Memorandum submitted by the Northern Ireland
This paper provides information on the incidence
of and Government response to relocation by residents of Northern
Ireland following intimidation.
The offence of intimidation is statutorily defined
in section 7 of the Consipiracy and Protection of Property Act
1875 and in section 1, of the Protection of the Person and Property
Act (Northern Ireland) 1969. The latter states that "a person
shall be guilty of an offence if he unlawfully causes, by force,
threats or menaces, or in any way whatsoever, any person
to leave any place where that other
person is for the time being resident or in occupation, or
to leave his place of employment,
to terminate the services of employment
of any person, or
to do or refrain from doing any act.
This definition is quite narrow and requires
strict criteria to be fulfilled in order for an offence to be
The Police have advised that there were 349
recorded offences of intimidation in the financial year 1997-98,
491 in 1998-99 and 469 in 1999-2000. These do not necessarily
relate to paramilitary or terrorist activity and the background
to the offence may be purely criminalfor example, a worker
being intimidated in the workplace because they would not join
a union or take part in a picket.
Incidence of relocation by residents following
Throughout the last 30 years in Northern Ireland,
relocation by residents following intimidation has been a feature
of life in areas of Northern Ireland. This has increased or decreased
depending on the security and political situation.
Figures for the last three financial years are
set out in the table below (NIHE figures). These figures relating
to cases known to NIHE and would, for example, include individuals
who may have left Northern Ireland as a result of intimidation
without seeking NIHE assistance before doing so.
During the summer of this year, feuding between rival loyalists
and paramilitary organisations in the Shankill area led to a very
significant increase in relocation of households as a result of
intimidation. Details are given below.
Northern Ireland Office responsibilities
The Northern Ireland Office is responsible for the Compensation
Agency, which deals with payments for compensation in respect
of personal injury or damage as a result of intimidation. Details
of the schemes are set out below.
The Northern Ireland Office is also responsible for the Key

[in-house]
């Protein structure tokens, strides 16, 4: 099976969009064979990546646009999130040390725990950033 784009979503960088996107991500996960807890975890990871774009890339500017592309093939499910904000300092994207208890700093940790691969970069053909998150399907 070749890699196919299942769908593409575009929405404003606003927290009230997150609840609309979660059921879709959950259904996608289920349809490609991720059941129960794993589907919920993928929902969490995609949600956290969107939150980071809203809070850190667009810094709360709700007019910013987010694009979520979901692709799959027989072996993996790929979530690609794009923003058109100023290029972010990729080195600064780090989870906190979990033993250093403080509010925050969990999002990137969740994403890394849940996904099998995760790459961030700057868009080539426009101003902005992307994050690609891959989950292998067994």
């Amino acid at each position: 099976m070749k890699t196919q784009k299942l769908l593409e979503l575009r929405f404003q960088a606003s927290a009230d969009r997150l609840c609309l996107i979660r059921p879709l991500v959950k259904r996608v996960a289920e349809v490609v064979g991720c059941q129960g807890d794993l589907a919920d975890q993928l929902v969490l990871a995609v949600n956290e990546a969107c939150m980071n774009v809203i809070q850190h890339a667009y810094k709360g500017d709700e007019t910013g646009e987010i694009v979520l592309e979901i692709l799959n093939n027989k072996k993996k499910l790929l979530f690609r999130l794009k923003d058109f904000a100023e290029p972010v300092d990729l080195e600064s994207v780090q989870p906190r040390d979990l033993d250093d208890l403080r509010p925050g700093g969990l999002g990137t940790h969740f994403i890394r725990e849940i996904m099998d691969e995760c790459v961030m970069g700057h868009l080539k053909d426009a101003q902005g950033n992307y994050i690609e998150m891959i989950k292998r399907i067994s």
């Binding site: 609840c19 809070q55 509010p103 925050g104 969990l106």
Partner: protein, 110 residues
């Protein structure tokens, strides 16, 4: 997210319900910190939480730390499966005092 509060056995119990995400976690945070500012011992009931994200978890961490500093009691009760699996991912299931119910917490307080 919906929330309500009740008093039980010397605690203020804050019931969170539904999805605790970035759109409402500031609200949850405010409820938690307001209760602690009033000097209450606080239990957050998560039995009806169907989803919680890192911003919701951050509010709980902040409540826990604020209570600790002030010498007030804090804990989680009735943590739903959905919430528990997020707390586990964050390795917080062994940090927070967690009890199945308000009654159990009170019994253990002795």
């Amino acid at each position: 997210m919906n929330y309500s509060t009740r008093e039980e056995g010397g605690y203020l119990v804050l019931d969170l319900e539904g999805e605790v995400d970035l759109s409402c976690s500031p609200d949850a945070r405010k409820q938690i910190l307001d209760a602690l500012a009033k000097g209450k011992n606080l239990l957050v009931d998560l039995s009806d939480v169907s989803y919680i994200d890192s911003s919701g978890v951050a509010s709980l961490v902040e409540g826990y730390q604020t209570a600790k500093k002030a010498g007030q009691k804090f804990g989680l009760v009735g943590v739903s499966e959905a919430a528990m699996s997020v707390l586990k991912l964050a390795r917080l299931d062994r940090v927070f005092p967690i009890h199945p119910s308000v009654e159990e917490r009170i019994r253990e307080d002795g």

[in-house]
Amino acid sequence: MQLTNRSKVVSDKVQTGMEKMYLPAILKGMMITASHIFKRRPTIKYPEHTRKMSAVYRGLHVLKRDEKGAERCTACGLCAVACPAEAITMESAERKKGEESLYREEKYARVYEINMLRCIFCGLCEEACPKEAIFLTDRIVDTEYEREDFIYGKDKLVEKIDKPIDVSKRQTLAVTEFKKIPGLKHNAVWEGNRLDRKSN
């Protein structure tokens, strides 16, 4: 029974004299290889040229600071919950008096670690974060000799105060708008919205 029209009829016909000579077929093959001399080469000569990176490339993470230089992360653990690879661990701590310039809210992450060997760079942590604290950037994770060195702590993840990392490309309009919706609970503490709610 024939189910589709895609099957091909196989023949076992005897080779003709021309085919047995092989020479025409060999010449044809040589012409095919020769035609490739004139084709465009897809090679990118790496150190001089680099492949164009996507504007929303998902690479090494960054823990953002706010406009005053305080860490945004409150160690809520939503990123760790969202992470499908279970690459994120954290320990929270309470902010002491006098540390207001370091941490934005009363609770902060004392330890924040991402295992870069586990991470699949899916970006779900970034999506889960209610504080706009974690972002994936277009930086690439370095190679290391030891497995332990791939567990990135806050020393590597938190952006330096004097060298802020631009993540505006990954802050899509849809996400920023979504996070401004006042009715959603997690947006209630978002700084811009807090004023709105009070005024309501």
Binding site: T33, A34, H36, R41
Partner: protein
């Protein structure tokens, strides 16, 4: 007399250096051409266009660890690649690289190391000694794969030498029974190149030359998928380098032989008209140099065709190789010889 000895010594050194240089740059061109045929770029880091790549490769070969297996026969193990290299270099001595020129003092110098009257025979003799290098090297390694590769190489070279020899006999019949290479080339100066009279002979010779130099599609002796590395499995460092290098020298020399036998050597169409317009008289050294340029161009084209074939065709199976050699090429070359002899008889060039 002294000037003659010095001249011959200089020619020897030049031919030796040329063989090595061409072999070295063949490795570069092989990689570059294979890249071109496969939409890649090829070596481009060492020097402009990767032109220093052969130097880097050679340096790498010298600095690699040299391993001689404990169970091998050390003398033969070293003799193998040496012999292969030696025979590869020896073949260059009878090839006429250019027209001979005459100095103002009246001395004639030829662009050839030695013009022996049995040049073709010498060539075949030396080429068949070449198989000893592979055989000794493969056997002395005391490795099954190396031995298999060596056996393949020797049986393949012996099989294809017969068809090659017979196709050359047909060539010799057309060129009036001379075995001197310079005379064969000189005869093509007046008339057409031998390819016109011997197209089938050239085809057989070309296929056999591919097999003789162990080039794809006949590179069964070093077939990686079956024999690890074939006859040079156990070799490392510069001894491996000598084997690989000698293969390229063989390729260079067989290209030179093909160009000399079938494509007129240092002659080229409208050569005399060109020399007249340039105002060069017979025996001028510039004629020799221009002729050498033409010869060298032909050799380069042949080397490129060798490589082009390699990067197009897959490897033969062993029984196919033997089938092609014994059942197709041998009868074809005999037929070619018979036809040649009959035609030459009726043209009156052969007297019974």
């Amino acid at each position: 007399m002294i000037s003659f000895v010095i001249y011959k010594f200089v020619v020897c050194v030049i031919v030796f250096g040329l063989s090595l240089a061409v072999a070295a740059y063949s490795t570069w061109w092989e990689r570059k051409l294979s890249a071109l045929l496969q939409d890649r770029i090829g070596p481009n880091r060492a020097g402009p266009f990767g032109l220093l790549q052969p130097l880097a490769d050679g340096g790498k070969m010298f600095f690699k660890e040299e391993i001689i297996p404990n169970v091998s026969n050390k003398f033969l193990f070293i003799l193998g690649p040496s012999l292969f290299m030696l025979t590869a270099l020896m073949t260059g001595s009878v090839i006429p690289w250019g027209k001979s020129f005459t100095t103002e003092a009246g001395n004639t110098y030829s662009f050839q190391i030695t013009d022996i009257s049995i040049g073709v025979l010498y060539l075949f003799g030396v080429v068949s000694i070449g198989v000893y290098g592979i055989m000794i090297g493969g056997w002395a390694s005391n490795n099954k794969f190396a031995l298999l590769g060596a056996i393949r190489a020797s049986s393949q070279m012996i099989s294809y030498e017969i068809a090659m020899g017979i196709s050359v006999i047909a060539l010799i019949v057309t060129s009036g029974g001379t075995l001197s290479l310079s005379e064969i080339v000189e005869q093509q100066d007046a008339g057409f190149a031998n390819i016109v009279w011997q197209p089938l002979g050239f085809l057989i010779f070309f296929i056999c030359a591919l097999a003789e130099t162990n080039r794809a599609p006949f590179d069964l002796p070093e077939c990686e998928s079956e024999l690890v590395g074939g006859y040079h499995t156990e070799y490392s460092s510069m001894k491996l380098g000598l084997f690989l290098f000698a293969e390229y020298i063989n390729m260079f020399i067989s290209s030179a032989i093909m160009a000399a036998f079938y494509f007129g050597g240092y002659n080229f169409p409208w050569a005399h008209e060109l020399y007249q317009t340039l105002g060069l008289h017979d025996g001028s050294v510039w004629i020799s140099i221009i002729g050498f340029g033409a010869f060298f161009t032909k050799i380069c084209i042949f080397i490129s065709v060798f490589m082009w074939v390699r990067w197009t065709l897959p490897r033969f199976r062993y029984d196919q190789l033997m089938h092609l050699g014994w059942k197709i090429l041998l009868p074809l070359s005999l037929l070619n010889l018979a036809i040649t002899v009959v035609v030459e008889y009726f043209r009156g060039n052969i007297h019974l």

Persons Protection Scheme and assists in funding a project known
as Base 2. Details of these are set out below.
Devolved administration responsibilities
Two Departments in Northern Ireland are responsible for agencies
which work directly to meet the needs of those displaced through
intimidation. The Department of Health, Social Services and Public
Safety is responsible for social services delivered by the health
trusts in Northern Ireland, while the Department of Social Development
is responsible for the Northern Ireland Housing Executive and
the Social Security Agency. Details of the responses of these
agencies are set out below.
Government response: general
In addition to action by the security forces and attempts
to bring to justice those responsible for intimidation, a number
of agencies operate schemes specifically intended to assist those
forced to leave their homes.
Responsibility for dealing with the needs of those displaced
from their homes as a result of intimidation is shared between
the NIO and the devolved administration. Each agency or Department
responds to the needs of those displaced in accordance with its
statutory responsiblitiesfor example the Northern Ireland
Housing Executive attempts to rehouse those made homeless by intimidation,
social services staff deal with consequential family and other
problems, the Compensation Agency considers claims for loss as
a result of injury or damage.
Loyalist feud response
The security forces responded to the loyalist feud by providing
an increased level of patrolling to deter intimidation. This was
welcomed by political representatives on both sides of the loyalist
dispute, and acknowledged by them as essential to enable discussions
to resolve the dispute to begin. Discussions have taken place
between the leaderships of the two paramilitary organisations
concerned, and there are signs that the dispute may shortly be
The Secretary of State visited the Shankill area on 25 October
to meet displaced residents to hear their concerns. A number of
these related to matters for which the devolved administration
is responsible, and these were relayed to the Northern Ireland
Ministers concerned, Bairbre de Brun and Maurice Morrow.
Since July 2000, 253 households have sought help from the
NIHE in the Shankill area. Since 30 October 43 households in the
Tigers Bay/Mount Vernon have presented to the Housing Executive
as homeless and are seeking permanent accommodation. From 3 November,
seven households within the Newtonabbey area have asked for assistance.
Over the same period the Social Security Agency has received 237
applications for social fund assistance as a consequence of the
feud, and made 178 payments totalling £68,281.
Most of those seeking help were Northern Ireland Housing
Executive tenants, all of whom have asked for permanent re-housing,
although many were able to find their own temporary accommodation.
However 12 owner-occupiers (one later withdrawn) have also claimed
that they have been intimidated, and asked the Housing Executive
to invoke the Scheme for Purchase of Evacuated Dwellings (SPED)
scheme. This scheme allows the Housing Executive to buy such houses
at market value, provided the RUC Chief Constable issues a certificate
confirming the intimidation. The houses bought by the Housing
Executive will eventually be re-sold.
During the period July-November 2000, the Agency saw 74 claims
in respect of private dwellings and 13 claims in respect of commercial
premises following damage which it is claimed was a result of
the Loyalist feud. The Agency has appointed loss adjusters to
deal with all of these cases. A number of reports have been received
in respect of 44 of the private dwellings and in respect of seven
of the commercial claims. All of these are currently being processed.
The Agency is in contact with applicants' solicitors in the other
cases and has also provided advice and assistance to community
workers in the Shankill area in order to assist applicants in